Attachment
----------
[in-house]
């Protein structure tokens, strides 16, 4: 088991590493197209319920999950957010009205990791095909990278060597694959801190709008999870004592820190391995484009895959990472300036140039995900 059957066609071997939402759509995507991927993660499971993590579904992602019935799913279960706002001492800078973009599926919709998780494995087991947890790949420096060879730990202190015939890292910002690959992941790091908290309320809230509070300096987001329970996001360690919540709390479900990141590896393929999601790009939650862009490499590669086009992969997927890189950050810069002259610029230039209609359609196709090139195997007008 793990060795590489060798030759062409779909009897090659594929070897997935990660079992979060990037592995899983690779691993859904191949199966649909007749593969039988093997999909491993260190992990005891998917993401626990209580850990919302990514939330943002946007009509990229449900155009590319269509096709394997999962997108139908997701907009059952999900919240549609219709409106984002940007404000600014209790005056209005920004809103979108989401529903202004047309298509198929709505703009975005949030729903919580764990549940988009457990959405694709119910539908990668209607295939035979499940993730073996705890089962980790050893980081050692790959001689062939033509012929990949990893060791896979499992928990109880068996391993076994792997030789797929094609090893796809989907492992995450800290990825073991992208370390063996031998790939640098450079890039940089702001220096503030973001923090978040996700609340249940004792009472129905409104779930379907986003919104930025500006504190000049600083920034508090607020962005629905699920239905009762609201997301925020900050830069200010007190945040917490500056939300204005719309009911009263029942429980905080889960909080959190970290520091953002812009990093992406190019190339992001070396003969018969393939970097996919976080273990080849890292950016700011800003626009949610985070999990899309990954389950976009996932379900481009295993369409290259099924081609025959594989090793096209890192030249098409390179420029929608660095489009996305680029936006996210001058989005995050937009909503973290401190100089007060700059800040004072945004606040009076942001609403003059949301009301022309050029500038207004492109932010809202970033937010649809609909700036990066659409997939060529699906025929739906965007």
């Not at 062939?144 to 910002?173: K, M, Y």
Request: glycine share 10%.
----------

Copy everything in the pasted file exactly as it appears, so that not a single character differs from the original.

[in-house]
């Protein structure tokens, strides 16, 4: 088991590493197209319920999950957010009205990791095909990278060597694959801190709008999870004592820190391995484009895959990472300036140039995900 059957066609071997939402759509995507991927993660499971993590579904992602019935799913279960706002001492800078973009599926919709998780494995087991947890790949420096060879730990202190015939890292910002690959992941790091908290309320809230509070300096987001329970996001360690919540709390479900990141590896393929999601790009939650862009490499590669086009992969997927890189950050810069002259610029230039209609359609196709090139195997007008 793990060795590489060798030759062409779909009897090659594929070897997935990660079992979060990037592995899983690779691993859904191949199966649909007749593969039988093997999909491993260190992990005891998917993401626990209580850990919302990514939330943002946007009509990229449900155009590319269509096709394997999962997108139908997701907009059952999900919240549609219709409106984002940007404000600014209790005056209005920004809103979108989401529903202004047309298509198929709505703009975005949030729903919580764990549940988009457990959405694709119910539908990668209607295939035979499940993730073996705890089962980790050893980081050692790959001689062939033509012929990949990893060791896979499992928990109880068996391993076994792997030789797929094609090893796809989907492992995450800290990825073991992208370390063996031998790939640098450079890039940089702001220096503030973001923090978040996700609340249940004792009472129905409104779930379907986003919104930025500006504190000049600083920034508090607020962005629905699920239905009762609201997301925020900050830069200010007190945040917490500056939300204005719309009911009263029942429980905080889960909080959190970290520091953002812009990093992406190019190339992001070396003969018969393939970097996919976080273990080849890292950016700011800003626009949610985070999990899309990954389950976009996932379900481009295993369409290259099924081609025959594989090793096209890192030249098409390179420029929608660095489009996305680029936006996210001058989005995050937009909503973290401190100089007060700059800040004072945004606040009076942001609403003059949301009301022309050029500038207004492109932010809202970033937010649809609909700036990066659409997939060529699906025929739906965007």
């Not at 062939?144 to 910002?173: K, M, Y």
Request: glycine share 10%.